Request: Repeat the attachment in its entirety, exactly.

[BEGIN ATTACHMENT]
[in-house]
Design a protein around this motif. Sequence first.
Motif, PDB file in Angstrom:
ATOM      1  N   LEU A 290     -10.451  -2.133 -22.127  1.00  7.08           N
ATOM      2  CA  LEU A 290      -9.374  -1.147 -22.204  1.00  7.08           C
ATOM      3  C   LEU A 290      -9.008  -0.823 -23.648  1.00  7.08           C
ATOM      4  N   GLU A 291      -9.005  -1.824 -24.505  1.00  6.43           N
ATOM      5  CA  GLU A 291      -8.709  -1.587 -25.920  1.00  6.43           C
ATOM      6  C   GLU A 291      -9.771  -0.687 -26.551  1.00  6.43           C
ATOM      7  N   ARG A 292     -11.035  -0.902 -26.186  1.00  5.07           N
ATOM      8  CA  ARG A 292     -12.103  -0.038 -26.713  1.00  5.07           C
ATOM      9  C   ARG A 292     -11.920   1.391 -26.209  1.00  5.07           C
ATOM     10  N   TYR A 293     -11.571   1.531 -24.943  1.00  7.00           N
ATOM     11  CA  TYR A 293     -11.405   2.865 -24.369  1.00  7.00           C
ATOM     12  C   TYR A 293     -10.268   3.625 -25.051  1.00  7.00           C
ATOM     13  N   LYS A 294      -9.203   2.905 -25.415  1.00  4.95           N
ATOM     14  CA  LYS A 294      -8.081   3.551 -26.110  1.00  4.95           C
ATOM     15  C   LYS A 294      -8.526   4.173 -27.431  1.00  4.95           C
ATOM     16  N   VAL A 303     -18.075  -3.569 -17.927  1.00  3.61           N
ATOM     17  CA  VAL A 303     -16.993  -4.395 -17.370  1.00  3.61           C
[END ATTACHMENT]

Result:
[in-house]
Design a protein around this motif. Sequence first.
Motif, PDB file in Angstrom:
ATOM      1  N   LEU A 290     -10.451  -2.133 -22.127  1.00  7.08           N
ATOM      2  CA  LEU A 290      -9.374  -1.147 -22.204  1.00  7.08           C
ATOM      3  C   LEU A 290      -9.008  -0.823 -23.648  1.00  7.08           C
ATOM      4  N   GLU A 291      -9.005  -1.824 -24.505  1.00  6.43           N
ATOM      5  CA  GLU A 291      -8.709  -1.587 -25.920  1.00  6.43           C
ATOM      6  C   GLU A 291      -9.771  -0.687 -26.551  1.00  6.43           C
ATOM      7  N   ARG A 292     -11.035  -0.902 -26.186  1.00  5.07           N
ATOM      8  CA  ARG A 292     -12.103  -0.038 -26.713  1.00  5.07           C
ATOM      9  C   ARG A 292     -11.920   1.391 -26.209  1.00  5.07           C
ATOM     10  N   TYR A 293     -11.571   1.531 -24.943  1.00  7.00           N
ATOM     11  CA  TYR A 293     -11.405   2.865 -24.369  1.00  7.00           C
ATOM     12  C   TYR A 293     -10.268   3.625 -25.051  1.00  7.00           C
ATOM     13  N   LYS A 294      -9.203   2.905 -25.415  1.00  4.95           N
ATOM     14  CA  LYS A 294      -8.081   3.551 -26.110  1.00  4.95           C
ATOM     15  C   LYS A 294      -8.526   4.173 -27.431  1.00  4.95           C
ATOM     16  N   VAL A 303     -18.075  -3.569 -17.927  1.00  3.61           N
ATOM     17  CA  VAL A 303     -16.993  -4.395 -17.370  1.00  3.61           C